Forest Investment Account

Abstract of FIA Project 1001010

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Canim north mule deer winter range: 2002/2003 winter track transect and 2001/2002 fecal pellet analysis, 2nd sampling season interim report

Author(s): Peterson, P. Michael; Davis, Larry R.
Imprint: Lac La Hache, B.C. DWB Forestry Services Ltd., 2002
Subject: Mule Deer, British Columbia, 100 Mile House Region, Forest Investment Account (FIA)
Series: Forest Investment Account (FIA) - Land Base Investment Program


EXECUTIVE SUMMARY Mule deer (Odocoileus hemionus) are a regionally important species in the Cariboo Forest Region. During winter, deer require habitats that reduce their rate of energy loss. Deep snow increases the cost of travel dramatically for deer. Past research in the Cariboo Forest Region found that characteristics of good winter range include south facing slopes, stands of old-growth forests Douglas-fir, and variable topography. These habitats generally have shallower snow and more available forage. Management plans are required for mule deer winter ranges to ensure that deer populations are sustained while providing for resource extraction. Integrating the needs of mule deer with the forest industry depends on an understanding of the habitats required during winter. Research on the winter diet, habitats and movements of mule deer in the Canim North Mule Deer Winter Range is essential in developing management plans for winter ranges. Only one sampling session was conducted during the 2002/2003 field season due to low snowfall and variable weather. The overall snow pack for the 2002/2003 sampling season was considerably lower than average and warm periods usually occurred after snowfall making track conditions poor. A total of 60 sets of mule deer tracks (105 sets when standardized to one week) were counted in the 184 segments sampled. The snow depth along the transects was shallow and ranged from 0-25 cm. At both the low and high elevation openings the snow depth was moderate (27.3 cm and 35 cm respectively). The previous years fecal pellet results have been obtained and incorporated in this report. Other studies indicate that the majority of the mule deer diets in the central interior consisted of a few species, and the results from this study are very similar in this regard. Western red cedar was the dominant conifer browsed with minimal browse detected on Douglas-fir. Variable snow pack conditions occurred in 2001/2002 ranging from shallow to very deep. No trends in forage were detected along the snow depth gradient. Douglas-fir has been found to form a large component of mule deer winter diets in other areas of the Cariboo Region; however, this species was only detected in one sample during 2001/2002 (moderate snow period). The most consistently abundant plant species detected in the fecal sample were: Oregon grape, falsebox, vaccinium spp., and western red cedar. The findings in this paper must be considered preliminary. With only one tracking session, few statistical inferences can be made. The fecal pellet analysis provides some information on browse preference; however, several more years of data are required before this information could be used to direct management on this winter range.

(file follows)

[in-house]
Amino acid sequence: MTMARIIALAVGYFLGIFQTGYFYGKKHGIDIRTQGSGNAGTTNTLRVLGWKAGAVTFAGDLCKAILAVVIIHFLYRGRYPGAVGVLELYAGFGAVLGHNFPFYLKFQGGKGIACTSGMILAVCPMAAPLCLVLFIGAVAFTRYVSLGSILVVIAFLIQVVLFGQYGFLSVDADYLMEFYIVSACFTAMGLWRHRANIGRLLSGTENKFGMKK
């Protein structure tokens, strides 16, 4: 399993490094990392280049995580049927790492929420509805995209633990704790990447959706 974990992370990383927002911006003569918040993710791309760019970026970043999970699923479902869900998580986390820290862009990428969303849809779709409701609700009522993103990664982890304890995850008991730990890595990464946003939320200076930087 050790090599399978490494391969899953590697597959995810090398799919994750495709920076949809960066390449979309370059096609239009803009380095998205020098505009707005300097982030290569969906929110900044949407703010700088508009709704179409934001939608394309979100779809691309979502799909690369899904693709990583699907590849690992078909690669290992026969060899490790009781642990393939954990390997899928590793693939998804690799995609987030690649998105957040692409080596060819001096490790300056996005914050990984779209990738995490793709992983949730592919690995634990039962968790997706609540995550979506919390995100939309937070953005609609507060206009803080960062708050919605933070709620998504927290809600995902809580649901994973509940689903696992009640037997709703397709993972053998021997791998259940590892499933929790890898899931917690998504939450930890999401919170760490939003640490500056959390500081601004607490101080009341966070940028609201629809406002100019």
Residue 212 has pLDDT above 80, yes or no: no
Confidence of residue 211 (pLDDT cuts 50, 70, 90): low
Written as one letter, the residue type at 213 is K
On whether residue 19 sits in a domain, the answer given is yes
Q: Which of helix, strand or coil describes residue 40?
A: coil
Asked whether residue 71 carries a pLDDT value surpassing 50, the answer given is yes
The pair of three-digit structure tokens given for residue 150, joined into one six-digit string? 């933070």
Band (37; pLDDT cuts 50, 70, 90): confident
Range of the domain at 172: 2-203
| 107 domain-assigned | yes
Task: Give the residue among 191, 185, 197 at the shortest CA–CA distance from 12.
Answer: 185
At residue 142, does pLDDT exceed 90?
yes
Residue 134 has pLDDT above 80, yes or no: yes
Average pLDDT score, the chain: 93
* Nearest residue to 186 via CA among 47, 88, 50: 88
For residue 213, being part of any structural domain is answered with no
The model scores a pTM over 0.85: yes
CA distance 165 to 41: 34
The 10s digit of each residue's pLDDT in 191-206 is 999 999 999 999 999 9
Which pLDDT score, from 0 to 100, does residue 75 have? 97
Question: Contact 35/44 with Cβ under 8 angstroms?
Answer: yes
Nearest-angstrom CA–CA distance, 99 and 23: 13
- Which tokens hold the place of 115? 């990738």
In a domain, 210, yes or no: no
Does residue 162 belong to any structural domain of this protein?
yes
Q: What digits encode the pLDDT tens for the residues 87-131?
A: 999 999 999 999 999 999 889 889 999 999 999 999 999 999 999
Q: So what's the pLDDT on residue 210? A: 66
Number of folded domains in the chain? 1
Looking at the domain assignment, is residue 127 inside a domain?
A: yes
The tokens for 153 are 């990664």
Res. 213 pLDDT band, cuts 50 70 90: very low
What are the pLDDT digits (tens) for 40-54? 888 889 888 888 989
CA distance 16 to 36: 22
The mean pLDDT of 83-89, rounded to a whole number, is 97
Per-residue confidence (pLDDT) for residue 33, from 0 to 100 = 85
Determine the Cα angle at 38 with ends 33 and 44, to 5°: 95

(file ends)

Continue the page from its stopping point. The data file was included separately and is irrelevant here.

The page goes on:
prepared for Weldwood of Canada Ltd.

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Updated July 25, 2006 

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